Wednesday, February 10, 2010

Do you know what I mean? by Joyce Lavene

Maybe you've noticed those signs in front of churches. They're kind of like spiritual billboards trying to point the way to heaven in the two seconds you have to see them as you pass.

I saw one this morning that said 'The sky shall like up with fire'

hmm . . .

No one said the signs had to be correct but the editor in me always cries out for them to make sense. There's a big difference between writing what we write and writing what we mean to write.

I noticed another sign a few miles down the road (not a church sign): The Greenwood Golf Curse will be open starting May 1.

I almost went back and looked at this one again.

As writers, it isn't always easy to spot mistakes in what we write. We seem to be born with an innate skill for words and don't really notice if they need polishing or rethinking. We write what's in our heads but the words don't always make it to the paper (or sign, in this case).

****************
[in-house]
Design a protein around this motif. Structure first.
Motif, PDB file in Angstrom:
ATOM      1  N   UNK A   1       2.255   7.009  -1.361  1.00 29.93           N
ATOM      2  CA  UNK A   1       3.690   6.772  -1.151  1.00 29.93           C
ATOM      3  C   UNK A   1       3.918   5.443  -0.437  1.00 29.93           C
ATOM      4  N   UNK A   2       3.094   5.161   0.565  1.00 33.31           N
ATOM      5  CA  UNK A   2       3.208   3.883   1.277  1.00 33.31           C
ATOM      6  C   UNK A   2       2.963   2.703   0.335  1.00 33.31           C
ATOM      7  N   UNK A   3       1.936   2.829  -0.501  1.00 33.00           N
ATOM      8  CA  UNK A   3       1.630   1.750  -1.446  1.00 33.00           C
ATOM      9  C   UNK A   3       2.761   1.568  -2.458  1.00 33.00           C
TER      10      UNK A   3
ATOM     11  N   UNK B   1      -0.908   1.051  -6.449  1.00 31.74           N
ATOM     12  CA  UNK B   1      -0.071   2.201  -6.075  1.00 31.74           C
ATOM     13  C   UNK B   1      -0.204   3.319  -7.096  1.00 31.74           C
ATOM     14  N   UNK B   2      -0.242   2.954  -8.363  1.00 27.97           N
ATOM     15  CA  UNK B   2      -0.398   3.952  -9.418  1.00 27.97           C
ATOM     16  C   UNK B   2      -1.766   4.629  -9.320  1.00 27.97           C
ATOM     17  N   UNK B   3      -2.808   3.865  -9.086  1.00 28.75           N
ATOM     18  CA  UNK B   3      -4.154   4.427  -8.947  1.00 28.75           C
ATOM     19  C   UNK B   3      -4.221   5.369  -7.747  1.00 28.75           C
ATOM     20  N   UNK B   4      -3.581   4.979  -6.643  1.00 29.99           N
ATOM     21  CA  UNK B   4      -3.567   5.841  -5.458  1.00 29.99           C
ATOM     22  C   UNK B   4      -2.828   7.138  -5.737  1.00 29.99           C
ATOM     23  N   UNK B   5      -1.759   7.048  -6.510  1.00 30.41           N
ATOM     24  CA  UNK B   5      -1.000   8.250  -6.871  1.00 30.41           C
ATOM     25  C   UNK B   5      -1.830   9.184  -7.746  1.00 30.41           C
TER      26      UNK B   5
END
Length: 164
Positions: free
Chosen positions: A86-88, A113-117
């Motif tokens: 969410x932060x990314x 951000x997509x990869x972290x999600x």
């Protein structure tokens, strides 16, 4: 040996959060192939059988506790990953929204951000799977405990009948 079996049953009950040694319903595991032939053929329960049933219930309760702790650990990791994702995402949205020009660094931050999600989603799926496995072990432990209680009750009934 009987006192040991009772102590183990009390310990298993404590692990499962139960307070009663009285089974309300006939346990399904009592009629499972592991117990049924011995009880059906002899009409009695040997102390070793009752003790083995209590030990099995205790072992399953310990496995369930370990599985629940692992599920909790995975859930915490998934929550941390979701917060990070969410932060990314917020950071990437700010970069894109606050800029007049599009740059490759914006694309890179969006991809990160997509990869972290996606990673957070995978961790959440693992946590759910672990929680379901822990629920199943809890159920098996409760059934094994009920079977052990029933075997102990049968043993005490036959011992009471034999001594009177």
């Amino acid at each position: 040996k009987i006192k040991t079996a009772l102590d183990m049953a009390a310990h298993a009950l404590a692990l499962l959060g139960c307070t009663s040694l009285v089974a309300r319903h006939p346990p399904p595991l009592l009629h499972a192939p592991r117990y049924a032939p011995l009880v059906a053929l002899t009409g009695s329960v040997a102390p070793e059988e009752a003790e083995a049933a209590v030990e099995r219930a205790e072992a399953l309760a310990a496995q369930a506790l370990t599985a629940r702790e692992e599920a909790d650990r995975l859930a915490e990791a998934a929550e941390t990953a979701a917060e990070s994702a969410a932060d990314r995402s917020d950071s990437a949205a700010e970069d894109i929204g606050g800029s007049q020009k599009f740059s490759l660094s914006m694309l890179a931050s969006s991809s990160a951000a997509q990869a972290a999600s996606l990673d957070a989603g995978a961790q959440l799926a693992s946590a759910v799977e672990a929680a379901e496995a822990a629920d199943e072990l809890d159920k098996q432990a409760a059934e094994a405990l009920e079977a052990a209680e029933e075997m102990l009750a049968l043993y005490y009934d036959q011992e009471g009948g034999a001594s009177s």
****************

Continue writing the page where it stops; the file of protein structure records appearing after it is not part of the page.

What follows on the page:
And before you ask, Spellcheck can only do so much for you on this. In fact, my Spellcheck doesn't know the difference between it's and its. If I paid attention to it, I'd always be wrong.

You have to read what you've written to see these glaring mistakes. It may not be exciting but at least you'll be able to spot stupid things that shouldn't be there. Wanting it to be perfect, like saying exactly what you mean, are two different things.

It must have been the day for it, because on the way home, I saw another church sign that read: 'Are you passing threw life without God?'

There is so much wrong with that, I don't know where to start.

But I have a sign of my own that could be helpful: SOMETIMES YOU HAVE TO READ TO RIGHT!

Get it?

Joyce Lavene

1 comment:

Kathleen said...

Yes, Joyce, I do. You either laugh or scratch your head, or both. But its not just church signs. I recently read an article in the paper about a woman who gave birth on the freeway. The article proudly announced she "gave birth to a newborn". Didn't know there was any other kind.